What happened? One day they are at war, and the next, they are inseparable. The common ground? Is that they are growing ever so fast. And learning more about each other with each passing day. I sense Ava's need for having things all to herself at times - and yet, I sense Noah's need to be included where there's laughter. Each conquest is thick with envy - and I often struggle with which to help first. I find myself telling Ava, "he's your little brother. Share." Or to Noah, "she had it first. Please wait your turn."
I reflect back to my own childhood and how much of it was shared. Toys, books... friends... even our bedroom until I was 22 years old. I remember experiencing a lot of frustration at the time and needing "space." But what I remember more vividly and cherish today, were the outcomes of being together - all of the time.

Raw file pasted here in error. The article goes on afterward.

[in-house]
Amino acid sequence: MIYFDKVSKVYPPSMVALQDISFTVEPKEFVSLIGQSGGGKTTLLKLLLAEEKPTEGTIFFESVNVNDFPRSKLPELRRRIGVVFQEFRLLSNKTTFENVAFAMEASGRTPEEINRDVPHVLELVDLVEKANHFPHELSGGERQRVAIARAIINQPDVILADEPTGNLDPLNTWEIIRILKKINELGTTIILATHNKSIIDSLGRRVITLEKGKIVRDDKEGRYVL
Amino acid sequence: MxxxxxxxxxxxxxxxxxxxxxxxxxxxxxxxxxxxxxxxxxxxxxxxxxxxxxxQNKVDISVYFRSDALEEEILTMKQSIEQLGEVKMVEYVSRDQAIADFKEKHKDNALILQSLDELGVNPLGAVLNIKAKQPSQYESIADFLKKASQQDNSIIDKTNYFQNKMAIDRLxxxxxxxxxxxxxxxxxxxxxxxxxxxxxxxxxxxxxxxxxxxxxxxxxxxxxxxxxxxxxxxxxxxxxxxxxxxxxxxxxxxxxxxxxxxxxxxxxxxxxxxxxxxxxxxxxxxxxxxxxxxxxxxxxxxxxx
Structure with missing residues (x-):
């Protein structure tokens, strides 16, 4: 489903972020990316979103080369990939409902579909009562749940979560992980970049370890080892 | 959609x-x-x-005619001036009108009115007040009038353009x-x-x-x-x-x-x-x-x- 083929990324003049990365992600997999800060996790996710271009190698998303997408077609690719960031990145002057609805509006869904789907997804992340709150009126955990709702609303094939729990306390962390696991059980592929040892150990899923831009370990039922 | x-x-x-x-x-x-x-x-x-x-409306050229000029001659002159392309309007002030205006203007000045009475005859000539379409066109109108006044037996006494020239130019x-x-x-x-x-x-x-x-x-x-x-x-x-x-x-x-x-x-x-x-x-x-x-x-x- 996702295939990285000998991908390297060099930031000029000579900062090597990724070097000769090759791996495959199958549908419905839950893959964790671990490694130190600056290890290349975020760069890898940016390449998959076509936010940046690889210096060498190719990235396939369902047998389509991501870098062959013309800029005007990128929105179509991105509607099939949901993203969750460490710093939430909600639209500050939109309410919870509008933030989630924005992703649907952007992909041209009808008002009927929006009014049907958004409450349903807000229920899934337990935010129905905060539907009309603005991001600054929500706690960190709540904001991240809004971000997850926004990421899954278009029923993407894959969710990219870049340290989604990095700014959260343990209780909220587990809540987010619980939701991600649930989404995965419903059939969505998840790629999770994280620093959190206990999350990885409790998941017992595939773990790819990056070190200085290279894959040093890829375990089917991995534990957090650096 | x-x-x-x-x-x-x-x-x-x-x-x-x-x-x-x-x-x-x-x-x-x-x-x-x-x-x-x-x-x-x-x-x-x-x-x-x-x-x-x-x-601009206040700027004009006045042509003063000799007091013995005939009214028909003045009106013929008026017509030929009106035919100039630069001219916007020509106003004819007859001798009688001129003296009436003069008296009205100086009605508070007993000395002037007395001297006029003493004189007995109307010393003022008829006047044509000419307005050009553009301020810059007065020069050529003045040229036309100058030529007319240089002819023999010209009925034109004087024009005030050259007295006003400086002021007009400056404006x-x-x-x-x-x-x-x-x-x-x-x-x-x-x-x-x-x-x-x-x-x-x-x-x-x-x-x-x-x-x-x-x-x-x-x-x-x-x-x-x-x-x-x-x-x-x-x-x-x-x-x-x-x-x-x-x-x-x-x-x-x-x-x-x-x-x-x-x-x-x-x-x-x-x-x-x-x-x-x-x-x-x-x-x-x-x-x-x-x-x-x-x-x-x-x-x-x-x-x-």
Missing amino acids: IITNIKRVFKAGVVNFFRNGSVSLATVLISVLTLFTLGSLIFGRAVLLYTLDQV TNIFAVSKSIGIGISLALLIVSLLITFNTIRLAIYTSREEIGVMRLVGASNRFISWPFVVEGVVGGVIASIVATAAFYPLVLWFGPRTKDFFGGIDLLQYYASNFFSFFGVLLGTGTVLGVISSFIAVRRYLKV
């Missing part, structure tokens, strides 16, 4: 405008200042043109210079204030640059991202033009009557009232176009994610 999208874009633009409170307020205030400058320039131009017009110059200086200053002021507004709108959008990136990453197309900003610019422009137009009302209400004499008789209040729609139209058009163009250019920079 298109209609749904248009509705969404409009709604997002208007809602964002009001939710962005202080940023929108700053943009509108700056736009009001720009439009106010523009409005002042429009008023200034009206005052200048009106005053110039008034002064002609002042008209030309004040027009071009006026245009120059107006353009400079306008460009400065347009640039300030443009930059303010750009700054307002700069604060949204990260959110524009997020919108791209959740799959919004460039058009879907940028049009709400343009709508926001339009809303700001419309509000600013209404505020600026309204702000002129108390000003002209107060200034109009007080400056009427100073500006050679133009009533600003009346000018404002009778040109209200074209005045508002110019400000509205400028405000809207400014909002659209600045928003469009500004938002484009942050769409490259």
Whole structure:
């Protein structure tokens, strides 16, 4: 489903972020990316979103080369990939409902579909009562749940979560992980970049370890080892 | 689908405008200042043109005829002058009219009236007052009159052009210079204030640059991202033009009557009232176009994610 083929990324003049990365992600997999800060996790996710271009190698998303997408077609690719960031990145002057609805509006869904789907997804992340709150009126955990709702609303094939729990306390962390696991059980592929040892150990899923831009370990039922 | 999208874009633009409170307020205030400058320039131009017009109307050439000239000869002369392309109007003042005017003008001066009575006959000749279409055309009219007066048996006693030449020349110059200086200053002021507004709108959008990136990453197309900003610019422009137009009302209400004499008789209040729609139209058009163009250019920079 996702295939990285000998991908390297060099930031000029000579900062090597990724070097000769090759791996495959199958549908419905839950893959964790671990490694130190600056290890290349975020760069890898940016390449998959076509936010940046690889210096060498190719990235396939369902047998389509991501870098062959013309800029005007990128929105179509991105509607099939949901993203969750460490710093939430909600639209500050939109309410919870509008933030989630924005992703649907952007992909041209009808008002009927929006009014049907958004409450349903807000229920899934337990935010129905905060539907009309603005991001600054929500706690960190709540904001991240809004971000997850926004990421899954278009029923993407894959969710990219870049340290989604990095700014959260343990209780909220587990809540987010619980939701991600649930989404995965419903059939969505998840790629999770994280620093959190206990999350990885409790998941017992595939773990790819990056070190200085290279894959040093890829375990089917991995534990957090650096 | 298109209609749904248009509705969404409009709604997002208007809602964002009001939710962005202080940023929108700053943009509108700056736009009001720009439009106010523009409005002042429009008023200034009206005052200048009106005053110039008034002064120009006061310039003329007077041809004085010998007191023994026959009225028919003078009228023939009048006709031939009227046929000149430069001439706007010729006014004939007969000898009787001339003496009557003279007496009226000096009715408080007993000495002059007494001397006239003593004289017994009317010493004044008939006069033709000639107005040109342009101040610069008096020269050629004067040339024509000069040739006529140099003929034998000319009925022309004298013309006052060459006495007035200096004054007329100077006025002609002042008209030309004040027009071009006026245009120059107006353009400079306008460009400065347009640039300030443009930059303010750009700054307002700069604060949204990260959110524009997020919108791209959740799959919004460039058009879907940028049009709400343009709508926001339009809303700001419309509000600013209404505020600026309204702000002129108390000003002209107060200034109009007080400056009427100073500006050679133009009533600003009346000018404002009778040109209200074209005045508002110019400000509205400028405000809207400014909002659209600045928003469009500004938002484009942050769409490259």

Conversations and confessions in the dark... we'd lay in bed talking about everything and anything. Talking directly to the ceiling, but knowing and feeling each other's facial expressions from each tear to each smile that cracked our lips. I remember how much more delicious brownies were when split or how much safer I felt going to school everyday with my sister. There are countless more... and each remind me how much more grand life is when shared with a sibling. When my little sister came along... we got to do it all over again...
It is in these blessings that I want to extend and express to Ava and Noah:
Be close. Be loving. Be together but be yourself. Never cast a shadow on the other. And if you do, remember that shadows follow. So take turns being the light for each other.